prof. dr. ir. Boon Nico
Using bacteria to remove methane from air
There are various techniques to remove methane from the atmosphere, but they are not yet efficient and are thus expensive. We have now discovered that the bacterial communities found around methane are of crucial importance. Some bacteria remove methane but also try to work with other bacteria that cannot remove methane. We can make methane-removing bacteria collaborate with bacteria that have other assets, like the ability to remove polluting substances from ground water. This leads to a win-win situation: methane is removed more efficiently and the bacterial community can be used for water treatment or improving soil quality. Bacteria can also be combined to develop certain resources, like vitamins or pigments, to be used by the pharmaceutical industry, for example. By making a useful product, one can earn back investment costs needed to remove methane.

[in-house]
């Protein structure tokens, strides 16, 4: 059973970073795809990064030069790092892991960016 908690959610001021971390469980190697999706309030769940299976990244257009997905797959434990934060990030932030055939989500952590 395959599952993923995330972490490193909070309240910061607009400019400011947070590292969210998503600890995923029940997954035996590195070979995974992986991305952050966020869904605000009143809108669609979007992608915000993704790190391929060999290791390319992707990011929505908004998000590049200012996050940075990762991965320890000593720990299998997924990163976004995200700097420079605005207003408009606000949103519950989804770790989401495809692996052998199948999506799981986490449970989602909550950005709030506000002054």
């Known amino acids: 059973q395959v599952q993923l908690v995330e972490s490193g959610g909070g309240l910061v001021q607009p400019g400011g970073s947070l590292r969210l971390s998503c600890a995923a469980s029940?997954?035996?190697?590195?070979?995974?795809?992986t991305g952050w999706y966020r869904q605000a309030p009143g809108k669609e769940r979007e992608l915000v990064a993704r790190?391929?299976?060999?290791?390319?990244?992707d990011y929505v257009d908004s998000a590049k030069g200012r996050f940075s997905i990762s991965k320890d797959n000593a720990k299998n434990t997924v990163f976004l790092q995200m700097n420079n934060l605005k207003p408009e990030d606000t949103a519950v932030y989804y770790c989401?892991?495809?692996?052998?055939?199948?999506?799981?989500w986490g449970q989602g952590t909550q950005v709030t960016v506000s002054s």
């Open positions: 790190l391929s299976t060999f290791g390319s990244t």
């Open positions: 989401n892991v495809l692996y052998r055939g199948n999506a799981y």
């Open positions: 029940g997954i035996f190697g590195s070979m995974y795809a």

The technique removes the greenhouse gas methane more efficiently from the air and potentially makes it a usable resource. After carbon dioxide, methane is the most significant greenhouse gas caused by human activity.